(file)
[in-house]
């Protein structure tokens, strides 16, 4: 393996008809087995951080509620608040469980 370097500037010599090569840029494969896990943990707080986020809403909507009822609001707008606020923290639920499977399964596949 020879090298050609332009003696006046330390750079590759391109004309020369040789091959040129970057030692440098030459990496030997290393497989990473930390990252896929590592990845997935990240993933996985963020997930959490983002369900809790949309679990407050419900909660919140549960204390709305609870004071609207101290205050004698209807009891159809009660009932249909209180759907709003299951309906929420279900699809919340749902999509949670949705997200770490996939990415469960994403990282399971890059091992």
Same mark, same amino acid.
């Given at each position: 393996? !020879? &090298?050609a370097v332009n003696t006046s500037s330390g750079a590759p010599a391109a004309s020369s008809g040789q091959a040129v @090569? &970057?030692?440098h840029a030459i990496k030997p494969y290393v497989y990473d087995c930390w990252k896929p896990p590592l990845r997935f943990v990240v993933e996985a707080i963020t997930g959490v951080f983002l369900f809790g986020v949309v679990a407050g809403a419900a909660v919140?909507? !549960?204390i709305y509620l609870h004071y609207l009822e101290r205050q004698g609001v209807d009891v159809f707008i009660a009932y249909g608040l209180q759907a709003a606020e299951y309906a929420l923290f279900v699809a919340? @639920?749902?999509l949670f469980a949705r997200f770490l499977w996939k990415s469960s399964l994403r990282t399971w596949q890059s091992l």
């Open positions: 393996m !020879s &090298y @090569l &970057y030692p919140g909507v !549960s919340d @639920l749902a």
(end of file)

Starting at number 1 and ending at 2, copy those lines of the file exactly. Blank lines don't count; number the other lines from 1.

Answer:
[in-house]
């Protein structure tokens, strides 16, 4: 393996008809087995951080509620608040469980 370097500037010599090569840029494969896990943990707080986020809403909507009822609001707008606020923290639920499977399964596949 020879090298050609332009003696006046330390750079590759391109004309020369040789091959040129970057030692440098030459990496030997290393497989990473930390990252896929590592990845997935990240993933996985963020997930959490983002369900809790949309679990407050419900909660919140549960204390709305609870004071609207101290205050004698209807009891159809009660009932249909209180759907709003299951309906929420279900699809919340749902999509949670949705997200770490996939990415469960994403990282399971890059091992």